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To Live Free or to Die

Raul Keller (4/2015)

Raul Keller talks about the exhibition "Silence d'Or. Ilmar Laaban and Experiments in Sound and Language".


4. IX 2015–3. I 2016
Kumu Art Museum, 4th floor, B-wing

Artists: Tomomi Adachi, AGF aka Poemproducer, Georges Aperghis, Hugo Ball, Lucas Battich, John Cage, Henri Chopin, Bob Cobbing, Marcel Duchamp, Öyvind Fahlström, Sten Hanson, Raoul Hausmann, Bernard Heidsieck, Åke Hodell, Richard Hülsenbeck, Takahiko Iimura, Isidor Isou, Roomet Jakapi, Marcel Janco, Bengt Emil Johnson, James Joyce, Raivo Kelomees, Kiwa, Ilmar Laaban, Jaan Malin, Ladislav Novák, Robert Pohle and Martin Hentze, Cia Rinne, Kurt Schwitters, Gertrude Stein, Tristan Tzara, Robert Wilson.
Curator: Ragne Nukk.


A continuous and rather hidden line runs as a side stream referred to as sound art. It manifests itself in Berlin on the top shelf of a well-hidden record store Rumpsti Pumsti, in the vinyl collection of the Onomatopee gallery in Eindhoven and probably also somewhere in the bottom drawers of antiquarians and members of secret societies who live in Paris and Stockholm, and in other places that remain in the dark away from the main current. The line is stubborn and does not allow itself to be erased easily; it constantly finds itself new streambeds and new generations who carry it earnestly, frenziedly and playfully on. I say "line" on purpose because sound poetry, which mostly consists of air that has been given a shape by lips, has started its journey as a word printed on paper or written on staff paper as a stripe, which in our culture runs from left to right on the paper and carries a certain linguistic meaning. From there on the linear line, which has been given a meaning, starts to stumble and tangle, its letters getting in its own way, the words about to fall from the lines of the staff paper until the typewriter keeps repeating the same mistake, the brain keeps reciting the same vowel. Aaaaoooooouuuaaaaaaa. Sound poetry is a systematic mistake. Sound poetry is the system-free appearance of a systematic mistake. It is an analogue TV that has been left on in an empty room and plays an empty channel with white noise, in front of which the last partygoer has fallen onto a soft, round, woven carpet. This line is a tape from a magnetic tape recorder. It is above all a tape from a magnetic tape recorder.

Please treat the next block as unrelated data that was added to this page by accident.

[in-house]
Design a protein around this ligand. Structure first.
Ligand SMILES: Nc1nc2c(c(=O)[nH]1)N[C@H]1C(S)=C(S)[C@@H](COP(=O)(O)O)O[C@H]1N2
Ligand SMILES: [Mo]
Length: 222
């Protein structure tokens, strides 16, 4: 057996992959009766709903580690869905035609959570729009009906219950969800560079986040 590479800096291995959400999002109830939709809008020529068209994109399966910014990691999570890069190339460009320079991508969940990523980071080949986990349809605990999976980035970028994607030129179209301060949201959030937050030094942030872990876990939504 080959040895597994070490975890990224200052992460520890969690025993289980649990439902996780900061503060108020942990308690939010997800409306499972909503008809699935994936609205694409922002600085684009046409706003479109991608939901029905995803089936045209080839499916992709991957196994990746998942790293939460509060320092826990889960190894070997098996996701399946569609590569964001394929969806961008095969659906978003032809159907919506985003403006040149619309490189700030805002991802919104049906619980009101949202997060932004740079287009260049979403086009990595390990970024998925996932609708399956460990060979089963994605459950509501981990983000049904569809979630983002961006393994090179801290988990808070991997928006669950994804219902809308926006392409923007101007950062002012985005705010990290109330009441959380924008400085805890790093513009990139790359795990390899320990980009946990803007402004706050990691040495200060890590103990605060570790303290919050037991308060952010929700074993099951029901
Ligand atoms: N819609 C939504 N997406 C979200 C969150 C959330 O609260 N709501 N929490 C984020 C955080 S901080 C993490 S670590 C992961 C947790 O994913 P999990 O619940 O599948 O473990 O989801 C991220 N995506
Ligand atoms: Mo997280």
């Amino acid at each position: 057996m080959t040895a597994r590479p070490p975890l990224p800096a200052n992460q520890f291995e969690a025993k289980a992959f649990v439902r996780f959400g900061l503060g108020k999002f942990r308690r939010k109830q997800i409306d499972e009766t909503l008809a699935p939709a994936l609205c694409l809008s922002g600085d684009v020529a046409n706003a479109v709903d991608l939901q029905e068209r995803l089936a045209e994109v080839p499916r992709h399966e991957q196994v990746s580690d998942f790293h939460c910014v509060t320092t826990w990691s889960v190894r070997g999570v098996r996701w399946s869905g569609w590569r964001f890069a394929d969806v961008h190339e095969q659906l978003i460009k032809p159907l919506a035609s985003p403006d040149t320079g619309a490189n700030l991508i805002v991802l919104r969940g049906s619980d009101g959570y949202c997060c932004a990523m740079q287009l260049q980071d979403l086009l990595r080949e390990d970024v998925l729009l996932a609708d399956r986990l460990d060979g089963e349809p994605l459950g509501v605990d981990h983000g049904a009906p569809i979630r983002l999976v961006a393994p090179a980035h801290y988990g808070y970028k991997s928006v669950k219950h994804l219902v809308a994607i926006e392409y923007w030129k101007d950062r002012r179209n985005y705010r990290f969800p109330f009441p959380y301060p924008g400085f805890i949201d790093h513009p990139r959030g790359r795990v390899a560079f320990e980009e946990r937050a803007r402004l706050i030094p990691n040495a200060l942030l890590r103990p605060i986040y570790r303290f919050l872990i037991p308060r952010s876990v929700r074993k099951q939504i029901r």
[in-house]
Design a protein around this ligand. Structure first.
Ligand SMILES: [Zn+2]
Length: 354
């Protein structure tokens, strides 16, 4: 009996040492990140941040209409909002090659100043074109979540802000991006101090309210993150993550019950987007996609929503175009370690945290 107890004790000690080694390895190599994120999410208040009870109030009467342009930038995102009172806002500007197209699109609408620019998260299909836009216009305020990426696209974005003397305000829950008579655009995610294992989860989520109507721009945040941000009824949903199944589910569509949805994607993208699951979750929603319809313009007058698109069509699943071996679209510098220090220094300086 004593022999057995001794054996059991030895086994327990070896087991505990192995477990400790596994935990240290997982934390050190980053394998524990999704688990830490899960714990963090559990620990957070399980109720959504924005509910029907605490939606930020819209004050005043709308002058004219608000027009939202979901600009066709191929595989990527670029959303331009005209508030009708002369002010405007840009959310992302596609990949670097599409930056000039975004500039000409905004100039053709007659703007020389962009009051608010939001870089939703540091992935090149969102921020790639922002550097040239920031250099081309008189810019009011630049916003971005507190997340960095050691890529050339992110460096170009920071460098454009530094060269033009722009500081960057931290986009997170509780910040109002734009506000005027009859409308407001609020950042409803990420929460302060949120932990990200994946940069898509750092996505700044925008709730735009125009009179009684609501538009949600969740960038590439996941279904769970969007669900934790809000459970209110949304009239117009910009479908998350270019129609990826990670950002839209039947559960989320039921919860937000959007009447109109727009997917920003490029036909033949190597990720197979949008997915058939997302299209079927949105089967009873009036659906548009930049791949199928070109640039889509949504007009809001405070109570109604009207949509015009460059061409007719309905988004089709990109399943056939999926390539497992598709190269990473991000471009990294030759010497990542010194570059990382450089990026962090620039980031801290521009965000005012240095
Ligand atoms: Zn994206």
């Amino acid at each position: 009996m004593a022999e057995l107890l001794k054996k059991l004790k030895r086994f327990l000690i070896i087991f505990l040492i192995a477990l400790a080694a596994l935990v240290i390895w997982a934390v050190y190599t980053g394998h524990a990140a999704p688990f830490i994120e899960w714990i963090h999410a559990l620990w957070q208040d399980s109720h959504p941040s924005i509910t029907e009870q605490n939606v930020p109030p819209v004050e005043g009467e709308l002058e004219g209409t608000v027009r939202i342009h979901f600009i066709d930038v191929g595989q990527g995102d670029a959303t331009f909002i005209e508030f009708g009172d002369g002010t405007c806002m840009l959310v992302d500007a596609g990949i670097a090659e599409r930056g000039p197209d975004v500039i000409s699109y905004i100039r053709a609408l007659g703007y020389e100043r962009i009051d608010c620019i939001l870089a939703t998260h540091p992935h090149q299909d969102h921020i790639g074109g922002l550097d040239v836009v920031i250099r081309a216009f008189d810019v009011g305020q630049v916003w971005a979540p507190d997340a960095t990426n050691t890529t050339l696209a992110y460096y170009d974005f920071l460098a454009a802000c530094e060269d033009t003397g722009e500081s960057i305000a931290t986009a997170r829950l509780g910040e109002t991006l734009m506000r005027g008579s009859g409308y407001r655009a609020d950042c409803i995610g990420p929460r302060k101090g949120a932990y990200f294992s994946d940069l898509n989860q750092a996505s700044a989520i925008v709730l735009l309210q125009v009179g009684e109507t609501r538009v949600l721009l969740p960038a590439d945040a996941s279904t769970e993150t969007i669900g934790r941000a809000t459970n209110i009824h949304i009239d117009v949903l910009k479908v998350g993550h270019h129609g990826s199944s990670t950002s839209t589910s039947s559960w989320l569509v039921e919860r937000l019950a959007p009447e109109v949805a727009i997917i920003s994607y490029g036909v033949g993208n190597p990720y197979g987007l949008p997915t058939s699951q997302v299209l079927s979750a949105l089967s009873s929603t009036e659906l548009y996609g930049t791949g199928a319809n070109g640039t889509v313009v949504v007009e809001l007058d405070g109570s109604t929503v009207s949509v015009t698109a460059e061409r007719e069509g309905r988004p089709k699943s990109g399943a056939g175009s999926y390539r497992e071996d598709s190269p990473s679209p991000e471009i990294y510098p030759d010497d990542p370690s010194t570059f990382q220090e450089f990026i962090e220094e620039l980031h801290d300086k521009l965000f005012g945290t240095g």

The exhibition "Silence d'Or" at Kumu Art Museum is dense and I am not sure whether this density is good or bad. On the one hand, the accumulation of the material corresponds to the inner logics of the matter; on the other hand, the dense material starts to eat its own tail. Having put on multiple headphones next to the many little tables for two-and-a-half hours, it all starts to blend together. I allow myself to have a small break and hope that something starts coming out of this pile.

But let us rewind the tape back to the beginning and listen. Not so far back that the tape could run off the reel. There, at the beginning, there would probably be something that accumulates as feedback throughout the entire tape, a kind of a protolanguage, the first sound of a human, which resembles a baby's babble. Let us fast-forward the tape from there quite a bit. In the meantime, the language has developed; it has gone through thousands of transformations, lived in countless shapes and heights. In the first decade of the 20th century in some dim avant-garde corner in Switzerland, Hugo Ball stepped next to a tape recorder and turned it off for a moment. He doubts. He doubts the capability of a word to convey meaning. He has made the move and does not settle with anything less than poetry that would not consist of words. His move has opened poetry to foreign neologisms and he is not alone. The entire modernist avant-garde wants to push this button to rewind and fast-forward the tape. It seems as though this tape recorder has something that fills one with satisfaction.